and Education Center. We are growling with the bulldogs in Bald
Knob, Arkansas. Great to see you all at Bald Knob High School and we are sparring with
the Spartans, Indian trail North Carolina is on our roll with Sun Valley Middle School. The U.S. government sets aside about $17.5
billion a year for NASA. The National Aeronautic and Space Administration. The money goes for missions, measurements,
satellites and test flights. One unmanned vehicle, a drone, called more fears. It`s
about the size of a Chevy Suburban. It had a nasty crush on its first flight, but it`s
taking off since then. Getting to space is pricey. Astronomically
so. Since NASA as established in 1958, the U.S. has spent hundreds of billions of dollars
on space-related activities. On top of that, it`s dangerous. More than
20 people have died in space- related missions. Enter Project Morpheus. One of NASA`s latest
projects. Project Morpheus is an autonomous vehicle designed to go into space. Carrying
gear capable of conducting experiments. Project leader say the cost is just a fraction of
what the space agency spent on previous shuttle missions. Since it began in 2010, the project has cost
just roughly $14 million. But the engineers behind this huge fee, a group of Purdue University
engineering students. The work began as a senior design project in 2010, and a propulsion
course. Topped by Professor William Anderson, a (INAUDIBLE) school of aeronautics and astronautics.
The chief innovation- Morpheus is capable of a vertical takeoff and landing. And it`s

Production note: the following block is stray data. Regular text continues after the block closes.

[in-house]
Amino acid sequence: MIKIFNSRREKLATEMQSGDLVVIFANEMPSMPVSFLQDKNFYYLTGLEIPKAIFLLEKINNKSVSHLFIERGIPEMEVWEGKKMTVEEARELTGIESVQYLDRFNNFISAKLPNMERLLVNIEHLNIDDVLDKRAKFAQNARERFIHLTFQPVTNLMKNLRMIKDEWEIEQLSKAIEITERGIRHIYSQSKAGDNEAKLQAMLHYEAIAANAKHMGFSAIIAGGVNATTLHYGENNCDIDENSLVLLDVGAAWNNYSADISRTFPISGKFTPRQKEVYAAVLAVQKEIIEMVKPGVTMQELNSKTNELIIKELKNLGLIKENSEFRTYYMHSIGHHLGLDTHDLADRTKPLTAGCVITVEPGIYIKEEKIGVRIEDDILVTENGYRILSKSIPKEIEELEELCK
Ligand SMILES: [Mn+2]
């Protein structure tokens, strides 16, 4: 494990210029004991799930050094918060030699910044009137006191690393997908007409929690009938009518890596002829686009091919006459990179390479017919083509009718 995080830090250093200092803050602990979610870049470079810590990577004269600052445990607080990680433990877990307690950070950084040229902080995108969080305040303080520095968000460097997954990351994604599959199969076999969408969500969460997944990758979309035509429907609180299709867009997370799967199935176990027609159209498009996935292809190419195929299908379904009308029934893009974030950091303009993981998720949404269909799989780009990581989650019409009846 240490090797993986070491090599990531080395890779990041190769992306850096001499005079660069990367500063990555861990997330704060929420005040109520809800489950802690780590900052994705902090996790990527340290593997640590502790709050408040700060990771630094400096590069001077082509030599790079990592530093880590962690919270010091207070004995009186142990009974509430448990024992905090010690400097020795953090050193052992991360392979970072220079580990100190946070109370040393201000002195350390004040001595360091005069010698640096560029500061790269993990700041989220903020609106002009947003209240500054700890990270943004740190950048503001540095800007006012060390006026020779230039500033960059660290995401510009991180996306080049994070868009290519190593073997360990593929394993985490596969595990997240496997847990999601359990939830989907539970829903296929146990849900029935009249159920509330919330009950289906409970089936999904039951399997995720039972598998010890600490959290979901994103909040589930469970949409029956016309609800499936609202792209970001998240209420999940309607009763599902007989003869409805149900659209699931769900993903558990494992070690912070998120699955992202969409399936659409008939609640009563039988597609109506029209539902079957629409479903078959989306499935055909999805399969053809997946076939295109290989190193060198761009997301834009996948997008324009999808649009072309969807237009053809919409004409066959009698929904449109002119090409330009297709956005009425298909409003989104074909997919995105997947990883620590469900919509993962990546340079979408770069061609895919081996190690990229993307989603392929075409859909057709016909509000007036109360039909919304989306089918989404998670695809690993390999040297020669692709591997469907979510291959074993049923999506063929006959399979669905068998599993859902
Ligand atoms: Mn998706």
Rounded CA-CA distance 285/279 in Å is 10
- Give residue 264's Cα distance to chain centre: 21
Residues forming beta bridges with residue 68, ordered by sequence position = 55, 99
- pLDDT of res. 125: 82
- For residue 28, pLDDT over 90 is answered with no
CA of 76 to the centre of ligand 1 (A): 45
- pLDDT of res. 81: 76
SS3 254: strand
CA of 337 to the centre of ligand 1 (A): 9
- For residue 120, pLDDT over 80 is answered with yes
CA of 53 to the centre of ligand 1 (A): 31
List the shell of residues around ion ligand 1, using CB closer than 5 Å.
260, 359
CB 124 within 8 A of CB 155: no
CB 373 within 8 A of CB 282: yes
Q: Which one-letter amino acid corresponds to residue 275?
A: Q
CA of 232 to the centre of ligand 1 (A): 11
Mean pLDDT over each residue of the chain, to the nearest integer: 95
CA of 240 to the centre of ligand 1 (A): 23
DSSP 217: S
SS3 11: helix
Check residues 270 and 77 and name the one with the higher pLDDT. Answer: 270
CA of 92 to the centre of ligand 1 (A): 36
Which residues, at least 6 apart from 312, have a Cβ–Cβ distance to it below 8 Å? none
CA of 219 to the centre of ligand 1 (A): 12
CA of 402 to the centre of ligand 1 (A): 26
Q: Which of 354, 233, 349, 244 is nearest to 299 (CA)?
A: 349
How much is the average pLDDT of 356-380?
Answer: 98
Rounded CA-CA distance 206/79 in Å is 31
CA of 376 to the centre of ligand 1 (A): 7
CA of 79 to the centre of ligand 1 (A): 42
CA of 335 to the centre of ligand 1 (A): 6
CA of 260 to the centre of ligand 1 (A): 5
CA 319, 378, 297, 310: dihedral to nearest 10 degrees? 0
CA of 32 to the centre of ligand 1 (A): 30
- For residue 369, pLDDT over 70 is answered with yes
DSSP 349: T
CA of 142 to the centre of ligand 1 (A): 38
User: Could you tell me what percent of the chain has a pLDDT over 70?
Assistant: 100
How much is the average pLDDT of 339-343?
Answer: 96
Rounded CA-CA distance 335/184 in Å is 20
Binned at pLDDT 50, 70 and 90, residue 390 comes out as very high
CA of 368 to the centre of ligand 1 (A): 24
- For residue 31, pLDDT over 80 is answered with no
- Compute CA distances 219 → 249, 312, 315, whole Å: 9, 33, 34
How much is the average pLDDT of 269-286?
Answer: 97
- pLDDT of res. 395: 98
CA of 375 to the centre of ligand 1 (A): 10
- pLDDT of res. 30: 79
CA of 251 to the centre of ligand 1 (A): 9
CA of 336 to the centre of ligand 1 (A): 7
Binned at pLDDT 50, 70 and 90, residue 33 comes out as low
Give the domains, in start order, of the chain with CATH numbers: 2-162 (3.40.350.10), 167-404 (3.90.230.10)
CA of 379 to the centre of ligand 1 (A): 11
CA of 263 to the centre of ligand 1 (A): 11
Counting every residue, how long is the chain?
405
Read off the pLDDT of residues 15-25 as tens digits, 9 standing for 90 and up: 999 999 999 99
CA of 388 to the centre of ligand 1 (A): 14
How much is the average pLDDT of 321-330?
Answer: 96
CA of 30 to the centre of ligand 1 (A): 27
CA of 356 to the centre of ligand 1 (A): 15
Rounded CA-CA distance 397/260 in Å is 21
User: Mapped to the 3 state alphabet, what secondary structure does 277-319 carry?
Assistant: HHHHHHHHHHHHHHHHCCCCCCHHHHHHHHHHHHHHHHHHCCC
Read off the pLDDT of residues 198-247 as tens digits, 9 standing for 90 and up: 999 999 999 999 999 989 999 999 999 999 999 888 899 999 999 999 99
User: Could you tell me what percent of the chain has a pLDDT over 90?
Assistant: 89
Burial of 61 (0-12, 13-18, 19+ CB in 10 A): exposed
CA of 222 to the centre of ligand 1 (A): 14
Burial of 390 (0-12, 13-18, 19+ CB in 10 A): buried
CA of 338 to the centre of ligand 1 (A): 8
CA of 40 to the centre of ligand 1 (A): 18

powered by a lightweight engine that uses liquid methane and oxygen, gases that the
team could be manufactured at space, allowing the vehicle to refuel itself and move deeper
into the unknown. Morpheus also has a new navigation system
that allows it to take off and land more easily, and avoid obstacles. The project is in testing
right now, on Earth. But with dozens of successful test flights under its bell, Project Morpheus
may soon be ready to blast a ride off into space. Not coming back down to earth just yet. NASA
has released a view of the Sun. It looks – well, kind of like a Jack-o-Lantern, just in time
for October. NASA says the bright strickish areas you are seeing where some of the more
active regions of our nearest star when these pictures were taken earlier this month. You
couldn`t see it with the naked eye. Wouldn`t recommend you try, NASA used a view of the
sun in two separate wavelinks to capture this effect. Some might call it startling, some might call
it sensational, some might be son-impressed. But it brings new meaning to the word star-gazing,
and they probably didn`t even plan it. I`m Carl Azuz for CNN STUDENT NEWS. Come on
back Wednesday.